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Feral pests in line of sight

January 31, 2019

The over-abundance of invasive species and the need for a strategic, united approach to the issue will be the major topic of discussion for Livestock SA and its members at the organisation’s upcoming Southern Region meeting at Robe on 6 February.

This comes ahead of a meeting with the State Government’s Natural Resources Committee on 14 February, which forms part of the Committee’s Inquiry into the Management of Overabundant and Pest Species in South Australia.

While there has been much discussion about the ongoing issue of kangaroo numbers, which has been magnified by persistent dry conditions, the Livestock SA team believes there needs to be a united and strategic approach to the management of all invasive species.

Highlighting the importance of addressing this issue were results from Livestock SA’s 2018 annual survey, which showed pest animal control was a ‘major issue’ for 35 per cent of all respondents.

Wild dogs continue to be a major concern for pastoralists, while feral goats, feral pigs, and deer rank highly when discussions about pest species take place.

Feral populations of deer – an ongoing concern in the South East – can originate from escapees from private land and quickly become a widespread problem.

Livestock SA is expecting to see greater control of feral deer populations this year, especially within state forestry plantations, after extensive lobbying.

There needs to be a greater policing of fencing standards to prevent the escape of farmed deer which are often not tagged.

Livestock SA will continue lobbying for the rebuilding of the Dog Fence over the next five years, which will be one of its top priorities in 2019.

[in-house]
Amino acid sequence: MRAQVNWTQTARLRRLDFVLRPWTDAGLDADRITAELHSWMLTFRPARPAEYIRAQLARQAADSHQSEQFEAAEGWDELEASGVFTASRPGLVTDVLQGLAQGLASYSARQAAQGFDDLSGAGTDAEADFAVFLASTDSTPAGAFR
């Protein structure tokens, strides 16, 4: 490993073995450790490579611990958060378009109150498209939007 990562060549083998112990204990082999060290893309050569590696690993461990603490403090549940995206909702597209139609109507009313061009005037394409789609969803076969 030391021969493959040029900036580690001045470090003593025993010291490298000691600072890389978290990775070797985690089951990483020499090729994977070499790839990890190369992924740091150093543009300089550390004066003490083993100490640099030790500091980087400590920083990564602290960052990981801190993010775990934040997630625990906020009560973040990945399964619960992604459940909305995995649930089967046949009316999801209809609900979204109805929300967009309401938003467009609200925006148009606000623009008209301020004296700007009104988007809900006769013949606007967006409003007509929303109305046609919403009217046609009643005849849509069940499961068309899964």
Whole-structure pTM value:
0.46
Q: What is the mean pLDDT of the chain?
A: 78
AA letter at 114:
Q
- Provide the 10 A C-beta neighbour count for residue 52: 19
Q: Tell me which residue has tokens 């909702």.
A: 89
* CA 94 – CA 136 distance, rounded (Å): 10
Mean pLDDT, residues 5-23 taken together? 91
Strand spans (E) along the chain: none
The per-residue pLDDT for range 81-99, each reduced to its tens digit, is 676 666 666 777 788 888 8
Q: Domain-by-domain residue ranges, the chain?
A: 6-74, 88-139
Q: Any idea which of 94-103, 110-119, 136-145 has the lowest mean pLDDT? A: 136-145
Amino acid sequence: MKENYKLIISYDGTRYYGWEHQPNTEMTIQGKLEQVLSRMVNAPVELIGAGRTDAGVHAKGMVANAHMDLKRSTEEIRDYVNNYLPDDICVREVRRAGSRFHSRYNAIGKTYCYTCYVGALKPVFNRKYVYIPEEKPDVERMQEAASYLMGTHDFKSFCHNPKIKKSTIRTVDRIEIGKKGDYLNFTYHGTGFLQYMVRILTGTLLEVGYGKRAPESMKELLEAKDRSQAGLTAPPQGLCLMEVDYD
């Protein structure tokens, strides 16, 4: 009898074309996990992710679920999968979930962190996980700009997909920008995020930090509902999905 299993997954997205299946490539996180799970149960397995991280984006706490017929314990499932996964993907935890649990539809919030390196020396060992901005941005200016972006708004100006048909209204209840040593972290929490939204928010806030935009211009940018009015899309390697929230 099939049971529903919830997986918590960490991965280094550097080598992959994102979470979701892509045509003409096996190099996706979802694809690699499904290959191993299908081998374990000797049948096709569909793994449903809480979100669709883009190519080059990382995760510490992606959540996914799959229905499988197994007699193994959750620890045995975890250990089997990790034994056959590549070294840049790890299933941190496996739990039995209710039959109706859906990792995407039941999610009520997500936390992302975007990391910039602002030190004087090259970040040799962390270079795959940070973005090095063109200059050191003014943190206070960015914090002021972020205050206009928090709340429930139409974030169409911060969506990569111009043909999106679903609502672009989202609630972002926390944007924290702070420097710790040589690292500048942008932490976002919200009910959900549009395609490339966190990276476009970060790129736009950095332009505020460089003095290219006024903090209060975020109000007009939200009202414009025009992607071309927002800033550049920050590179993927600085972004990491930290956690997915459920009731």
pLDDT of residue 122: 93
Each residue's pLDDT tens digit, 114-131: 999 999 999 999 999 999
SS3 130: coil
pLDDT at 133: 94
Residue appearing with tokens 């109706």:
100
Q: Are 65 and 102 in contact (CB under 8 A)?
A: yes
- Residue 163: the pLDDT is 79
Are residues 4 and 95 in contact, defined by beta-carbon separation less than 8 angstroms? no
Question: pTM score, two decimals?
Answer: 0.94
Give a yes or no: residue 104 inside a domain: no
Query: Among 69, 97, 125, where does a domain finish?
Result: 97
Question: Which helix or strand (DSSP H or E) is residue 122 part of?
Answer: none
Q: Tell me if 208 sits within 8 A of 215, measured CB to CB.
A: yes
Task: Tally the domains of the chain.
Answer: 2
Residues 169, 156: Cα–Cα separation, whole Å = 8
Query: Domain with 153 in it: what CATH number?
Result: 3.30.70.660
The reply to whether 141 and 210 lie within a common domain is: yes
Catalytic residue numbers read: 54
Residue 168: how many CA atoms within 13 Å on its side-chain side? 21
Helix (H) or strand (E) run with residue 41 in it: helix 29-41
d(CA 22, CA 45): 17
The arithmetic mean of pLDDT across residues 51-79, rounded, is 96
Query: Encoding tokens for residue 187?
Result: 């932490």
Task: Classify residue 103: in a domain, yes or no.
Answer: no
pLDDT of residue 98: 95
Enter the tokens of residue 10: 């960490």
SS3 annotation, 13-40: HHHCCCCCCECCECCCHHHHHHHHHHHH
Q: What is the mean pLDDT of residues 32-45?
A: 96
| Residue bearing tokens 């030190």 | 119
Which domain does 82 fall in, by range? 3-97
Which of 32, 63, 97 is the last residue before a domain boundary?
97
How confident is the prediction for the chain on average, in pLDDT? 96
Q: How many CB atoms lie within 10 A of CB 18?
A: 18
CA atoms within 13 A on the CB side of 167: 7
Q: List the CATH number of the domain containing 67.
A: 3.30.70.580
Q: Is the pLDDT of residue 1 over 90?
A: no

Other species which continue to create headaches include foxes, crows, wombats, pigs and rabbits.

While Livestock SA acknowledges finding solutions to manage invasive species can be difficult there is opportunities to improve.

Species-specific committees have done a commendable job of dealing with specific problems, but there needs to be more consideration of the environmental and economic effect of those efforts as part of a total pest control package.

As part of that approach, there needs to be stronger focus on compliance measures in pest management plans and appropriate penalties handed down to those who do not heed the strategies in place.

There is also a pressing requirement for more funds to help with research into the management of invasive species. That work is currently often shouldered by non-government organisations and universities with limited resources.

The Livestock SA team looks forward to the opportunity to present its opinions to the Natural Resources Committee.

The Southern Region meeting at Robe will be preceded by a wool expo and Meat & Livestock Australia Red Meat Day, and will mark the start of a busy period for the Livestock SA team. A series of One Biosecurity workshops is being rolled out before another series of workshops helping producers maximise their wool clip begins.

ANDREW CURTIS, Chief Executive Officer, Livestock SA